Brides of the Middle Ages were no different than the brides of today. Renaissance weddings were a time for celebration and feasting. Adorning the happy couple’s wedding table were almonds, apples, three leaf clovers, pansies, citrus fruits, roses and herbs. Silken cloth and woven tapestries were draped on the table, along with silver, gold and pewter being used as part of the table dressing.
Apples – Cut in half during the wedding celebration with the bride and groom each eating half. Cutting of the apple in half meant the joys and sorrows of marriage would always be shared equally.
Three leaf clover- A symbol of the Trinity, the clover was a symbol of protection for the household, bestowing blessings of prosperity, joy, long marriage, with good fortune and long life.
Pansies ~ Pansies symbolized memories, loving thoughts, yearnings for love. During the Renaissance, pansies were used in salads, deserts, and main courses, as well as for garnishes and table decorations. Renaissance brides often carried a simple bouquet of pansies tied together with scarlet ribbon. The people of this time insisted the flowers exquisite colors came from Cupid himself, who reportedly shot arrows into dozens of white pansies, thus forever changing its color to multi-hues.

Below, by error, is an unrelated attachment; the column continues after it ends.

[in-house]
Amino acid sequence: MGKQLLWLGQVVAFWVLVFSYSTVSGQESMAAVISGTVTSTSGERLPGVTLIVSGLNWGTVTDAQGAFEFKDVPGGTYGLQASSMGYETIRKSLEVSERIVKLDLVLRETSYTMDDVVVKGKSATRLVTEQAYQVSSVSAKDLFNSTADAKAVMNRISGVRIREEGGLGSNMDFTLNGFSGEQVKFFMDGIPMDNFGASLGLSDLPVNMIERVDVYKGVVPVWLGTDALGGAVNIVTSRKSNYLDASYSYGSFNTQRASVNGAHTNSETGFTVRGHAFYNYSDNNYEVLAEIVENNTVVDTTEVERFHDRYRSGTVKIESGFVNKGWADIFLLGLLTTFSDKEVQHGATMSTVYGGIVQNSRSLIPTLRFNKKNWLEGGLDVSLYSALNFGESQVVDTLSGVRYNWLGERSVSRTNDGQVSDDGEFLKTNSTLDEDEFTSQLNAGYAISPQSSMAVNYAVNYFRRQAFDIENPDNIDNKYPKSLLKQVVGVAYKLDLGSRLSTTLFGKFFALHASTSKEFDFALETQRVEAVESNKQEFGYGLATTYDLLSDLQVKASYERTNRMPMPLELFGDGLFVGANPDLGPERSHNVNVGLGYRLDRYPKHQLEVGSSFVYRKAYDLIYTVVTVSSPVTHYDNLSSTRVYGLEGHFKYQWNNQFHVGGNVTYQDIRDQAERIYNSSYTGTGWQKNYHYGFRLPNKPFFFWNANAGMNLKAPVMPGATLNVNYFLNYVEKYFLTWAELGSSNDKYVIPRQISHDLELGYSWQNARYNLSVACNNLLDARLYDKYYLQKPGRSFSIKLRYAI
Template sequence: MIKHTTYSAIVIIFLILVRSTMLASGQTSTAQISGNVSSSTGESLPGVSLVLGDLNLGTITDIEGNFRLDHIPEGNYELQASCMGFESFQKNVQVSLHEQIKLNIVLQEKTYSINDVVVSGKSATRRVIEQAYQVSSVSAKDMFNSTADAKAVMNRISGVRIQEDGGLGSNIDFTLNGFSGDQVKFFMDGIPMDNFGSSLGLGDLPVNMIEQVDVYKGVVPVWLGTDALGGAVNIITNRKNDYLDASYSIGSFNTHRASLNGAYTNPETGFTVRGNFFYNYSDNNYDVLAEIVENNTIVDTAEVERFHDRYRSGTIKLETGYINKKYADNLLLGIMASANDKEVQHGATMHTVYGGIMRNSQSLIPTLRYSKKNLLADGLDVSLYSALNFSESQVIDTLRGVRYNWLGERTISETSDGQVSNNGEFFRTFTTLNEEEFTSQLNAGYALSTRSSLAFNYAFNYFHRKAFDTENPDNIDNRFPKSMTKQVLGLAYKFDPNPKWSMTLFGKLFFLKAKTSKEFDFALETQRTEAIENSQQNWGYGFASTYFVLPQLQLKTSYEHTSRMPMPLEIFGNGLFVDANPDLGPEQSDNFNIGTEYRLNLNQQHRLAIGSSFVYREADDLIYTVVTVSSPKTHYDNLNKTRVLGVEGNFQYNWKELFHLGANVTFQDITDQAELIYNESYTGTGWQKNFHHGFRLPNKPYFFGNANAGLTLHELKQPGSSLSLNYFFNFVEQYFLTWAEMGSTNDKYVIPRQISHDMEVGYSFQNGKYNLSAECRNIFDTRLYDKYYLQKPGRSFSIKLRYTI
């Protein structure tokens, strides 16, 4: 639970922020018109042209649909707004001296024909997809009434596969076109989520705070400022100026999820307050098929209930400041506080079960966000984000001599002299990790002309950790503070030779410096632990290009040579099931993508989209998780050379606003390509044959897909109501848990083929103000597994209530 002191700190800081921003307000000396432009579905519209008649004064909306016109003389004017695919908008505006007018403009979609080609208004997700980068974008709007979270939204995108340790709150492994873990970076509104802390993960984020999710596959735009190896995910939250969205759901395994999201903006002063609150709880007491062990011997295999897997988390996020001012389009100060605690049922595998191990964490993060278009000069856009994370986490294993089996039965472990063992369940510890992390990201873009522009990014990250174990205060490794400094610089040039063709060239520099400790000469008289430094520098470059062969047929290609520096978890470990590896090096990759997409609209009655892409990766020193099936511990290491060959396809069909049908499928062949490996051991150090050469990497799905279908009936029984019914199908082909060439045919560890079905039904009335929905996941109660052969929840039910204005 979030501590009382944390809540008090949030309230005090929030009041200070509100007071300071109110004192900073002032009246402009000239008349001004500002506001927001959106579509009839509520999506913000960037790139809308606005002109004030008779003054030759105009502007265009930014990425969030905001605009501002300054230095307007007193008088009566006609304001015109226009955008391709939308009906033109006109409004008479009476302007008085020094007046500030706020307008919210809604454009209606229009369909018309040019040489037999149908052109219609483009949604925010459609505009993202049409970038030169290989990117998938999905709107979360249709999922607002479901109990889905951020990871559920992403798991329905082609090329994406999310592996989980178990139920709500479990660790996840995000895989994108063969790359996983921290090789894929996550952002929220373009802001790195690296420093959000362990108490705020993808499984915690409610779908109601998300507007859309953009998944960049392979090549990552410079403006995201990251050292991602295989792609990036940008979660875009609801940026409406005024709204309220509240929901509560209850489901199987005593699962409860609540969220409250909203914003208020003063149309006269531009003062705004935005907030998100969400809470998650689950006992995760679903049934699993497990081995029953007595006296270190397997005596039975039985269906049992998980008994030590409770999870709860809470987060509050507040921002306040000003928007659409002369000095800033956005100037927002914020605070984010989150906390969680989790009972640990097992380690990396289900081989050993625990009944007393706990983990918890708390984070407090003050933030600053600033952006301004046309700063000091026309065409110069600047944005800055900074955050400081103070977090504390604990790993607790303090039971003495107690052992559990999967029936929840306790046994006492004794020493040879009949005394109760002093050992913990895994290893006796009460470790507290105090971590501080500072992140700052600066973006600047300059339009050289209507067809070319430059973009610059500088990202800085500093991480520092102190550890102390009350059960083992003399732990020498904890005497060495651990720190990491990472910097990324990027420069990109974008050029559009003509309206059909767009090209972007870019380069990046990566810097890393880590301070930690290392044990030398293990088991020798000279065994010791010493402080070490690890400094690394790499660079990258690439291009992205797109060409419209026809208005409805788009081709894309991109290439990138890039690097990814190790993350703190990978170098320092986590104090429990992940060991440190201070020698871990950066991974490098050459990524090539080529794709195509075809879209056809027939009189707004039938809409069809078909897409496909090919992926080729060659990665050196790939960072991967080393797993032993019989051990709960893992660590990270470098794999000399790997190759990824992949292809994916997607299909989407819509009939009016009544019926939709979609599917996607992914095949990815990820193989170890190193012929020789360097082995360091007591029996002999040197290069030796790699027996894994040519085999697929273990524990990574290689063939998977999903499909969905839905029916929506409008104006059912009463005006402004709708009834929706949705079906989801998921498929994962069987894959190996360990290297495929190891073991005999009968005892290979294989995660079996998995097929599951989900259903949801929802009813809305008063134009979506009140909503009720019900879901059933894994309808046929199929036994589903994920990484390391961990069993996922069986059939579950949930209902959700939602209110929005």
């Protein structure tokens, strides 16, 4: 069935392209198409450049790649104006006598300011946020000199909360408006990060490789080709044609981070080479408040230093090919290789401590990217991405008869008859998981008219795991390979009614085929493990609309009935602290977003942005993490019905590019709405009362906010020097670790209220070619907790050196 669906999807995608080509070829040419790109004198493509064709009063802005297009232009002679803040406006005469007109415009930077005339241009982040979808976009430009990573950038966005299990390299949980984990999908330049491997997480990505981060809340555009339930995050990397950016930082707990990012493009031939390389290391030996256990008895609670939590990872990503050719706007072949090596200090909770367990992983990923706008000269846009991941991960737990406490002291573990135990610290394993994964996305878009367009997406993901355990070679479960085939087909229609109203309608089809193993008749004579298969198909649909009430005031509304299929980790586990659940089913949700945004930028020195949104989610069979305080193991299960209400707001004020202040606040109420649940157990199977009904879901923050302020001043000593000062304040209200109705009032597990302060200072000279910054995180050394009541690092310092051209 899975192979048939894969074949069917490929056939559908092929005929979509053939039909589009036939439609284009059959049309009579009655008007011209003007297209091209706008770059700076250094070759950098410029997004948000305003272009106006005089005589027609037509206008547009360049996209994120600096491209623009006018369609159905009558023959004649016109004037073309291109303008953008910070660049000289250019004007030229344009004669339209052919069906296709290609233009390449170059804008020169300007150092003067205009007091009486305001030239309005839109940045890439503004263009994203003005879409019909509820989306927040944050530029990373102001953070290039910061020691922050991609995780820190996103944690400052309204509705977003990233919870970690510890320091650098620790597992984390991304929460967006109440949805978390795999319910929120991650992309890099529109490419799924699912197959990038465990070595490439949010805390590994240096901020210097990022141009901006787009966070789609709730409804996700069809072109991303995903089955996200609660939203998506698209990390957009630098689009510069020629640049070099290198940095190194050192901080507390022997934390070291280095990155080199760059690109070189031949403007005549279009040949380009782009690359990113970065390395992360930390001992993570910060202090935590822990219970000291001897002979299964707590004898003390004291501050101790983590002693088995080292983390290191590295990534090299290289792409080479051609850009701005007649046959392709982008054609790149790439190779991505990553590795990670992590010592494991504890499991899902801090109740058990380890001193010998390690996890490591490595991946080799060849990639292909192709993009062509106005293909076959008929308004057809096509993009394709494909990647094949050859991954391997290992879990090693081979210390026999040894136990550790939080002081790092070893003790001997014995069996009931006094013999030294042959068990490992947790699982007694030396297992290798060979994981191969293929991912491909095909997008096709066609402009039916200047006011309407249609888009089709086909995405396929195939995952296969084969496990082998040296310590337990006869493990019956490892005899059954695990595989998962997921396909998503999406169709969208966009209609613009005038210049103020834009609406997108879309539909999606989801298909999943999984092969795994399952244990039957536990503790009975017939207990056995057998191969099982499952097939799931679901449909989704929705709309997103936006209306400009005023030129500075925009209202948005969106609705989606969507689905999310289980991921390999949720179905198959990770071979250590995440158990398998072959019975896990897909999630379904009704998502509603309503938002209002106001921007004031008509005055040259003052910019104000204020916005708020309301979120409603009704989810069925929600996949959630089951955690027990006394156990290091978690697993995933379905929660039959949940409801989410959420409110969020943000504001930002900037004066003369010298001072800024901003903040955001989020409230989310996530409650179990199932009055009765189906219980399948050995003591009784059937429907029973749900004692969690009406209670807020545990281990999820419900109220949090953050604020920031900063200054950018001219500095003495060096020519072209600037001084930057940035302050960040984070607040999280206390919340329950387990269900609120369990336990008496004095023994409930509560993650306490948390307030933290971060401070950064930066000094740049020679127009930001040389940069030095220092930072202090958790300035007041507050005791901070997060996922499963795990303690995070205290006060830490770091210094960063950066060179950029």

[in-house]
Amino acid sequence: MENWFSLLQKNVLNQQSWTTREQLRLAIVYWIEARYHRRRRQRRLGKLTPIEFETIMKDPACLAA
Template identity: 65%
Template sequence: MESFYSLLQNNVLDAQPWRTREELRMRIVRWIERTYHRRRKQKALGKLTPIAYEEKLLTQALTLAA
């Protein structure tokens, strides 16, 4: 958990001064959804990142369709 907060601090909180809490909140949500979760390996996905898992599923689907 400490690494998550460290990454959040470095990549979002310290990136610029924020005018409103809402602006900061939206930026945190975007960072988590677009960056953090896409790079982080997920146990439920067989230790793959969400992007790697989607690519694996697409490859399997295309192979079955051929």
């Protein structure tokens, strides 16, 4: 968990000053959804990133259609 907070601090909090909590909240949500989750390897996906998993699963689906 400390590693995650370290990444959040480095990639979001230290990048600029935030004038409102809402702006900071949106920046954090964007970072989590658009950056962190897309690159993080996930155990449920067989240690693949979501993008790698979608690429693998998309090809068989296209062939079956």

Roses – Representing love, sexual love, secrecy and joy. White roses represented purity. Red awakened passions. Yellow roses awakened love, while peach roses meant joy, and the pale pink rose was given in secrecy.
Citrus fruits ~ Oranges and lemons were costly and rare in the Renaissance period. Sliced thinly, sprinkled with honey and eaten by the bride and groom. Oranges for fidelity and lemons for togetherness.
Herbs – Brides tucked a few sprigs of fresh mint in their wedding gowns, believing it helped to flame the groom’s desire for them. Sage leaves were tired together in small bundles and adorned the backs of the wedding chairs. Sage for wisdom and long life. Something I’m sure the happy couple hoped for. Love would last forever for the medieval bride and groom if they dipped a sprig of rosemary, known for its power of fidelity, into their wine goblets before drinking.
My favorite Shakespeare Sonnet 116:
“Let me not to the marriage of true minds
Admit impediments.Love is not love
Which alters when it alteration finds,
Or bends with the remover to remove;
O, no ! it is an ever fixed mark,
That looks on tempests, and is never shaken…”
~ Meadow Walker